And while the firm isn’t focused on any specific industry, she noted, “We are … both marketers by trade, and I’ve invested in many direct-to-consumer brands.” They also expect most of their investments to be on the East Coast, particularly those in Boston and New York City (where Amplifyher is based).

“We’re building an entire ecosystem of women leaders,” Black added. “Through our personal networks, we’re not just making introductions between them, but really encouraging the sharing of ideas and expertise.”

Seva snares $2.4M seed investment to find info across cloud services

Seva, a New York City startup, that wants to help customers find content wherever it lives across SaaS products, announced a $2.4 million seed round today. Avalon Ventures led the round with participation from Studio VC and Datadog founder and CEO Olivier Pomel.

Company founder and CEO Sanjay Jain says that he started this company because he felt the frustration personally of having to hunt across different cloud services to find the information he was looking for. When he began researching the idea for the company, he found others who also complained about this fragmentation.

“Our fundamental vision is to change the way that knowledge workers acquire the information they need to do their jobs from one where they have to spend a ton of time actually seeking it out to one where the Seva platform can prescribe the right information at the right time when and where the knowledge worker actually needs it, regardless of where it lives.”

Seva, which is currently in Beta, certainly isn’t the first company to try and solve this issue. Jain believes that with a modern application of AI and machine learning and single sign-on, Seva can provide a much more user-centric approach than past solutions simply because the technology wasn’t there yet.

The way they do this is by looking across the different information types. Today they support a range of products including Gmail, Google Calendar, Google Drive,, Box, Dropbox, Slack and JIRA, Confluence. Jain says they will be adding additional services over time.

Screenshot: Seva

Customers can link Seva to these products by simply selecting one and entering the user credentials. Seva inherits all of the security and permissioning applied to each of the services, so when it begins pulling information from different sources, it doesn’t violate any internal permissioning in the process.

Jain says once connected to these services, Seva can then start making logical connections between information wherever it lives. A salesperson might have an appointment with a customer in his or her calendar, information about the customer in a CRM and a training video related to the customer visit. It can deliver all of this information as a package, which users can share with one another within the platform, giving it a collaborative element.

Seva currently has 6 employees, but with the new funding is looking to hire a couple of more engineers to add to the team. Jain hopes the money will be a bridge to a Series A round at the end of next year by which time the product will be generally available.

Take a video tour of Facebook’s election security war room

Beneath an American flag, 20 people packed tight into a beige conference room are Facebook’s, and so too the Internet’s, first line of defence for democracy. This is Facebook election security war room. Screens visualize influxes of foreign political content and voter suppression attempts as high-ranking team members from across divisions at Facebook, Instagram, and WhatsApp coordinate rapid responses. The hope is through face-to-face real-time collaboration in the war room, Facebook can speed up decision-making to minimize how misinformation influences how vote.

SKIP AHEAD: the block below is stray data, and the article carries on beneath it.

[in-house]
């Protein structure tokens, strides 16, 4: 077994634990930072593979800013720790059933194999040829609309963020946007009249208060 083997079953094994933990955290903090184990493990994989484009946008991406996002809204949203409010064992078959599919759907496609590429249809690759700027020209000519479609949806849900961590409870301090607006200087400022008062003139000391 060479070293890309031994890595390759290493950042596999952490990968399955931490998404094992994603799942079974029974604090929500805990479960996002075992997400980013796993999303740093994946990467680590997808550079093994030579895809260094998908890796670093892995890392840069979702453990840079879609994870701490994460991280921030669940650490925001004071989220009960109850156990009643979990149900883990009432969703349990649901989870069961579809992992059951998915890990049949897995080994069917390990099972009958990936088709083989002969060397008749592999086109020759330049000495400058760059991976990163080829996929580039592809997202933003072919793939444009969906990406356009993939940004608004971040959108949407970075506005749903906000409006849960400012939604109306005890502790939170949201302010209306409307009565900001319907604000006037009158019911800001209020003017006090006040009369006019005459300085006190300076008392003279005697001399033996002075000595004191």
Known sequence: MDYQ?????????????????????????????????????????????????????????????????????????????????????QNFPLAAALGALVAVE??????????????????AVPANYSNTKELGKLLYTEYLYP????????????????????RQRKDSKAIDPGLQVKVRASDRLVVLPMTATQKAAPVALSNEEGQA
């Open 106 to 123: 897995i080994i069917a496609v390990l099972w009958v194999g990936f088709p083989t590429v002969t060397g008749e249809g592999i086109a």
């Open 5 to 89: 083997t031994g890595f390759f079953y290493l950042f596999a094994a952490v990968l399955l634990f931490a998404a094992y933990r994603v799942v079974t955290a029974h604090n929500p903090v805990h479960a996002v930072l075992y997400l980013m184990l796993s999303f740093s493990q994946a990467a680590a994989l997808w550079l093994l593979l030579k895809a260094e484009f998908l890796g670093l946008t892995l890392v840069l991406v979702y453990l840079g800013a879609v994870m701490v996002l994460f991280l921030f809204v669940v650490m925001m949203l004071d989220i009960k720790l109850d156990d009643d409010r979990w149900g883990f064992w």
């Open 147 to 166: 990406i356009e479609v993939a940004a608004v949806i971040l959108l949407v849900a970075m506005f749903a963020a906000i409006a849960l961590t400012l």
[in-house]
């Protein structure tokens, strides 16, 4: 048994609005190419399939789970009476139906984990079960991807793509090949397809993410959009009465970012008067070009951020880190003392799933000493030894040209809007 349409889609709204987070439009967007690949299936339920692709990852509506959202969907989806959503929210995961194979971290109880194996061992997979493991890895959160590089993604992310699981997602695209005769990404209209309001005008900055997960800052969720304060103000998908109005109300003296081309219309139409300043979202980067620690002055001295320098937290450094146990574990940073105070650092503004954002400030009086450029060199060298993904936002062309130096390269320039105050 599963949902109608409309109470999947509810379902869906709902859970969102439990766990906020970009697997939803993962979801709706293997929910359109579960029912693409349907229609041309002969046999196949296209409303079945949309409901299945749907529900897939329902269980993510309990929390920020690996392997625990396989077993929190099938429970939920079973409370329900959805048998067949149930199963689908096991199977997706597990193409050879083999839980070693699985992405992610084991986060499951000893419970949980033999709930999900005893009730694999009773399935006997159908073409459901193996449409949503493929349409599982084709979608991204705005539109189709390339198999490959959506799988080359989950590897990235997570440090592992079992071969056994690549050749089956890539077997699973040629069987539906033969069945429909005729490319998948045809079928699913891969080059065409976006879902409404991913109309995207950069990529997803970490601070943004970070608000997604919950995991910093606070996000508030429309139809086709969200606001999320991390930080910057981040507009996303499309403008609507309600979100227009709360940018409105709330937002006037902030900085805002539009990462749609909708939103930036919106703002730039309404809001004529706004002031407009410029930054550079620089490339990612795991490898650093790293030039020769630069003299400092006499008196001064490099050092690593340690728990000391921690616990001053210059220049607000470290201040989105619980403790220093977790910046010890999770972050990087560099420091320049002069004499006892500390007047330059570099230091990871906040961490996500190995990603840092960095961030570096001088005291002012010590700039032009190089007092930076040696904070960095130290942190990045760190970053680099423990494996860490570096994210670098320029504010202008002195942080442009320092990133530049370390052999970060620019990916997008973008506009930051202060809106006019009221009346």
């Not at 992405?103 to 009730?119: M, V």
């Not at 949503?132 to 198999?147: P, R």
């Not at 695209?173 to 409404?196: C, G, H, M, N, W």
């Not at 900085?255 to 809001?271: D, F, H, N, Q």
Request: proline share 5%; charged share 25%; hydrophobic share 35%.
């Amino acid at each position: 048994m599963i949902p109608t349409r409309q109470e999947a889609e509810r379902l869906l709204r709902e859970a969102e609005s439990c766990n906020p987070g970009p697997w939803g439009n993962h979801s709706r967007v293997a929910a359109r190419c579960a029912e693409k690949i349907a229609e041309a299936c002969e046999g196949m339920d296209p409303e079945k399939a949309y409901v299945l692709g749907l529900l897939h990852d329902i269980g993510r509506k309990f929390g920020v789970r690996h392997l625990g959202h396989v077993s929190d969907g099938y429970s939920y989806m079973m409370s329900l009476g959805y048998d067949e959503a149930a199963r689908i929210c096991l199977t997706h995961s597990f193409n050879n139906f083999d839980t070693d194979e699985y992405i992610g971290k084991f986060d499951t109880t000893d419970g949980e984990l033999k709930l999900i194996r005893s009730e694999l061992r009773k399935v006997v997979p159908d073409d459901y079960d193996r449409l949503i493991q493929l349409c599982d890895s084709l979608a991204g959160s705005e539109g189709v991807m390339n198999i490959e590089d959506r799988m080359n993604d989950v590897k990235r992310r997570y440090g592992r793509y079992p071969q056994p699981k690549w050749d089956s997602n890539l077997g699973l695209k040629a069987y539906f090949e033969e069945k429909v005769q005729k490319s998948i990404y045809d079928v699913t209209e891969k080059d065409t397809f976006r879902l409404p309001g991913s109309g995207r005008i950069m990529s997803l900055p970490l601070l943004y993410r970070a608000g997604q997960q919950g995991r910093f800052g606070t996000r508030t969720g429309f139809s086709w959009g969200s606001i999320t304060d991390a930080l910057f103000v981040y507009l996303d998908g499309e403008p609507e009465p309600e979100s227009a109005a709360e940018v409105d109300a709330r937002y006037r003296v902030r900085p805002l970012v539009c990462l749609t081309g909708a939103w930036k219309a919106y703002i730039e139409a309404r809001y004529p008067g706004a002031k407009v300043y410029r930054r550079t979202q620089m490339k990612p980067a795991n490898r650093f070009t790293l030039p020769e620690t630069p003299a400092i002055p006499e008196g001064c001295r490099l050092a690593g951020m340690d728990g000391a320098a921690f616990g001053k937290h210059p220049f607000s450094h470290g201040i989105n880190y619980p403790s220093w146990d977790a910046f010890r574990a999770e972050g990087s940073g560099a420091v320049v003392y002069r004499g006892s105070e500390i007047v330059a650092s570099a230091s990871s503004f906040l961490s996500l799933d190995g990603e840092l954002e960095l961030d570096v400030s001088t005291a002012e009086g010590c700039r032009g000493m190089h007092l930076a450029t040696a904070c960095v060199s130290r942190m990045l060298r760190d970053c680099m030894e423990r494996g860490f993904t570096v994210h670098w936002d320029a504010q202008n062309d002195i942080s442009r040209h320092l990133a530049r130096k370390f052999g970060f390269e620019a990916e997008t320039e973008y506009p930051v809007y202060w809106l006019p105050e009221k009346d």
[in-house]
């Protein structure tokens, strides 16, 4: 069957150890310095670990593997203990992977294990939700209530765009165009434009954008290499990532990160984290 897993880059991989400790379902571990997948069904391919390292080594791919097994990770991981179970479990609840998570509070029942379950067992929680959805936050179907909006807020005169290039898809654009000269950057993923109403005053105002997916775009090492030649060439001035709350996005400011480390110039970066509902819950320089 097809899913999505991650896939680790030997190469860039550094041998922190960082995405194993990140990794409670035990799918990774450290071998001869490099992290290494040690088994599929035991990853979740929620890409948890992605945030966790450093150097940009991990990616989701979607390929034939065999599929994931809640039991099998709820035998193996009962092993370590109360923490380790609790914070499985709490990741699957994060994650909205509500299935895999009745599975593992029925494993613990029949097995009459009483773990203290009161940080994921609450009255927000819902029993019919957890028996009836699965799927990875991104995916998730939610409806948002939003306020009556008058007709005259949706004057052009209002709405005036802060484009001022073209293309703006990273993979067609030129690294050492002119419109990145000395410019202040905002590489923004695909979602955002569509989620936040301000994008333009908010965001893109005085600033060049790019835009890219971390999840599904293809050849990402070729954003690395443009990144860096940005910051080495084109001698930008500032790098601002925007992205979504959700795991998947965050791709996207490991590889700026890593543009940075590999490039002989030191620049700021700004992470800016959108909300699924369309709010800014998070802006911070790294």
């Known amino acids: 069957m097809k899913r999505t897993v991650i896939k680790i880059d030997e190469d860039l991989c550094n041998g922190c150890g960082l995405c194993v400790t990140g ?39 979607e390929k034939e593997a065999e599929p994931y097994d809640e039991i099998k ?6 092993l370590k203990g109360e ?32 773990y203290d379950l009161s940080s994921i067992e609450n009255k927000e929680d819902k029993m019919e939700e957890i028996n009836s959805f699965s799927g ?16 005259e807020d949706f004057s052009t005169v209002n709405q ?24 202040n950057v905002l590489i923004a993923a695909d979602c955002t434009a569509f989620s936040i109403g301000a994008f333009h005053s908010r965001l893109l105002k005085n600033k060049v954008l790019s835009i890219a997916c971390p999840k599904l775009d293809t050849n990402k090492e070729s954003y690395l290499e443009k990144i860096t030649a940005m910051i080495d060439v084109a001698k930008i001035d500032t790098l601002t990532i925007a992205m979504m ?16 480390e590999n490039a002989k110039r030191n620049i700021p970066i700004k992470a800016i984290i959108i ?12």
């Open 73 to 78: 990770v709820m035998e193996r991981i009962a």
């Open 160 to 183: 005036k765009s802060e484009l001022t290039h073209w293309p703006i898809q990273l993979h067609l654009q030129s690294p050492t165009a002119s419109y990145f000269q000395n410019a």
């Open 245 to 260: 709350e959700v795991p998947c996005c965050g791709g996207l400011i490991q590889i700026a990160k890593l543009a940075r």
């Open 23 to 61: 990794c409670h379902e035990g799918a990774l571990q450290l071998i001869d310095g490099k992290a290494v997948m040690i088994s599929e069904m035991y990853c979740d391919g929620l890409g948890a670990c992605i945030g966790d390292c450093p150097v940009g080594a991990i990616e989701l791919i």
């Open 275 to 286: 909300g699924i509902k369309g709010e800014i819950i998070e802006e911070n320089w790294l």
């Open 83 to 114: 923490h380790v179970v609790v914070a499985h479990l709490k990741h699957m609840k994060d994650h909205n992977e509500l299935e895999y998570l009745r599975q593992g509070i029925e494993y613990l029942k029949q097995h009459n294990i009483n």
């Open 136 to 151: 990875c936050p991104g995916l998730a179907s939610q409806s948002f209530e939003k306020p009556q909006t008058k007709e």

In this video, TechCrunch takes you inside the war room at Facebook’s Menlo Park headquarters. Bustling with action beneath the glow of the threat dashboards, you see what should have existed two years ago. During the U.S. presidential election, Russian government trolls and profit-driven fake news outlets polluted the social network with polarizing propaganda. Now Facebook hopes to avoid a repeat in the upcoming US midterms as well as elections across the globe. And to win the hearts, minds, and trust of the public, it’s being more transparent about its strategy.

“It’s not something you can scale to solve with just human.s And it’s not something you can solve with just technology either” says Facebook’s head of cybersecurity Nathaniel Gleicher. “I think artificial intelligence is a critical component of a solution and humans are critical component of a solution.” The two approaches combine in the war room.

Who’s In The War Room And How They Fight Back

Engineers – Facebook’s coders develop the dashboards that monitor political content, hate speech, user reports of potential false news, voter suppression content, and more. They build in alarms that warn the team of anomalies and spikes in the data, triggering investigation by…

  • Data Scientists – Once a threat is detected and visualized on the threat boards, these team members dig into who’s behind an attack, and the web of accounts executing the misinformation campaign.
  • Operations Specialists – They determine if and how the attacks violate Facebook’s community standards. If a violation is confirmed, they take down the appropriate accounts and content wherever they appear on the network.
  • Threat Intelligence Researchers and Investigators – These professional cybersecurity professionals have tons of experience in deciphering the sophisticated tactics used by Facebook’s most powerful adversaries including state actors. They also help Facebook run war games and drills to practice defense against last-minute election day attacks.